1.2 10
cm


0
1/2
0'0
() (')
TT
DT PTT



 
2.5/
Ktorr


Thermalization

The thermalization was determined

from the measured absorption line

Shapes, this graph shows the sample

spectra of Rb in the cell with and

without buffer gas. The temperature

of cell ,buffer
-
gas density


oven temperature


Several effects contribute to the total

linewidth, such as pressure, intensity,

and Doppler broadening

4.3 0.1
K

270 10
C

o
16 3
1.510
cm


Thermalization


For the Rb atoms in the buffer
-
gas cell, the Doppler broading is

in fact an accurate measure of the atom’s temperature.

The Rb temperature obtained from the fit is


Using


In order for the Rb temperature to fall within 5% of T=4K, the

Rb atoms have to undergo about 100 collisions.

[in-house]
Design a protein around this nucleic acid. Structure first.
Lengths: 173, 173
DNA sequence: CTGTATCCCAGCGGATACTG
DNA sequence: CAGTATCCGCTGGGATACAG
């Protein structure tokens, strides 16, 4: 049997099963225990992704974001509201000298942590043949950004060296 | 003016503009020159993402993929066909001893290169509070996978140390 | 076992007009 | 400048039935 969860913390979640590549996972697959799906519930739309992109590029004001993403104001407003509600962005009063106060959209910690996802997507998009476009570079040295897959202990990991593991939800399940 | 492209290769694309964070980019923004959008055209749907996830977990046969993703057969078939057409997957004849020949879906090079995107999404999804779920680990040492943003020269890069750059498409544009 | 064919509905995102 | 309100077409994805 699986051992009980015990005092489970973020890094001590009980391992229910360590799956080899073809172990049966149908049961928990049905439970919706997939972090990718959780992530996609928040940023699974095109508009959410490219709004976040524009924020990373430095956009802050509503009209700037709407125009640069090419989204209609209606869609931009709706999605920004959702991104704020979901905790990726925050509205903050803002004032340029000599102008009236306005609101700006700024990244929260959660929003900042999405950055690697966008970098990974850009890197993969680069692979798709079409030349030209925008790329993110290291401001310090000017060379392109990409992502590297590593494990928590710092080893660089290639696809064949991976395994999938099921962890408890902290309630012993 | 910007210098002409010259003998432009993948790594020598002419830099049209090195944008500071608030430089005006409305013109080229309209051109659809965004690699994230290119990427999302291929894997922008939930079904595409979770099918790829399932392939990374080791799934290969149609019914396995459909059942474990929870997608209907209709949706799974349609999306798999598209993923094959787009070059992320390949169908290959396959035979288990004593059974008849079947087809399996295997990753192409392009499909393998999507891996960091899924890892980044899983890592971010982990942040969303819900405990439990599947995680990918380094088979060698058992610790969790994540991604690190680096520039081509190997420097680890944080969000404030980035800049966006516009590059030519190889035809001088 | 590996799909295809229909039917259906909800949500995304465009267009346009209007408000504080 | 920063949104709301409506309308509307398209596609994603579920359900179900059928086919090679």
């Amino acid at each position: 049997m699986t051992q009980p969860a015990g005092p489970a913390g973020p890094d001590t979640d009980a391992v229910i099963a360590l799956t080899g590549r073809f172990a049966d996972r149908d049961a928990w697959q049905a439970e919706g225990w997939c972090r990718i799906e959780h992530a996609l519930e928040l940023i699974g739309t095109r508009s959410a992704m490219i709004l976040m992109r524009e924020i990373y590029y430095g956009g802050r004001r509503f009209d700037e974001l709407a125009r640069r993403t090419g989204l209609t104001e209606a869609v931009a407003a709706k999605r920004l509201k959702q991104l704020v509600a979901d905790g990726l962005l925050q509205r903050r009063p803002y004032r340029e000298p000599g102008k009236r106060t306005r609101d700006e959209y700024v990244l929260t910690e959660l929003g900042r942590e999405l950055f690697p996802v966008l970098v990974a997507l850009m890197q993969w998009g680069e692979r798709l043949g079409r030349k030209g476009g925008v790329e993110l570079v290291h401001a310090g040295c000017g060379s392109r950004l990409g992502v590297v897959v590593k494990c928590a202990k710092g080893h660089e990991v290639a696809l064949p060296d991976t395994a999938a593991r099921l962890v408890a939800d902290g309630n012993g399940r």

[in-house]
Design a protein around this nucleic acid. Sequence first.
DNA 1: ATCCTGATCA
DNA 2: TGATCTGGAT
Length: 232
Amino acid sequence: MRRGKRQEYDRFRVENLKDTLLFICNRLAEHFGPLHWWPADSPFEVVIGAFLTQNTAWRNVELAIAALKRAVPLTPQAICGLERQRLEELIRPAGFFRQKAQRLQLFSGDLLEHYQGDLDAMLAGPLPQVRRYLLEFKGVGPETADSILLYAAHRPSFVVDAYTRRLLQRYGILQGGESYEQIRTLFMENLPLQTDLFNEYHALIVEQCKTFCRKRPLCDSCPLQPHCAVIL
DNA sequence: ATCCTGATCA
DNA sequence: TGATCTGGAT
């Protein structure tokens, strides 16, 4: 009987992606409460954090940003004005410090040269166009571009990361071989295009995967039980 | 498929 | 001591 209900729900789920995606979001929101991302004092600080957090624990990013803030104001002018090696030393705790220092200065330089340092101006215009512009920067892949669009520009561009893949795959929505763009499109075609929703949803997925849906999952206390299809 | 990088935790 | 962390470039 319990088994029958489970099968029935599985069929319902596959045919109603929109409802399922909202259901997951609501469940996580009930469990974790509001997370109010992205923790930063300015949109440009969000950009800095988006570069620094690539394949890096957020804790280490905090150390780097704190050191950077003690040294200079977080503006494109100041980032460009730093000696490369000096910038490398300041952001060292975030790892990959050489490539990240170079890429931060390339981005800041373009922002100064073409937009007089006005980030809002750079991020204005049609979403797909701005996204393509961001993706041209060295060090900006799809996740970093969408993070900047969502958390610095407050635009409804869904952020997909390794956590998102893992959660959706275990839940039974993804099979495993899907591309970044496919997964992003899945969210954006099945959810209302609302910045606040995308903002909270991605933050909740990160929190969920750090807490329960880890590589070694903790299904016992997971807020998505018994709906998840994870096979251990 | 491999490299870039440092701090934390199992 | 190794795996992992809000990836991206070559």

In the course of the thermalization, the Rb atom will move over

a distance assuming a Rb
-
He cross section


at ,this is consistent with the observations:

the probed region is about 10mm downstream from the cell

entrance where we find the Rb atoms thermalized.




4.3 0.3
K

/('/1)exp(/)1
l
TTTT l

  
N
He
N
L
n


2
0.5
nm


0.2
N
L cm

16 3
10
He
n cm


Summary


Buffer
-
gas cooling is a very simple and versatile
technique, it is based on the thermalization of the
species and the buffer
-
gas.



The fundamental limitation lies in the relationship of
the temperature and number density of the buffer gas.



In the experiment, the Rb atoms are cooled to the
expected temperature and the behaviour of
thermalization agree with the simulation quite well.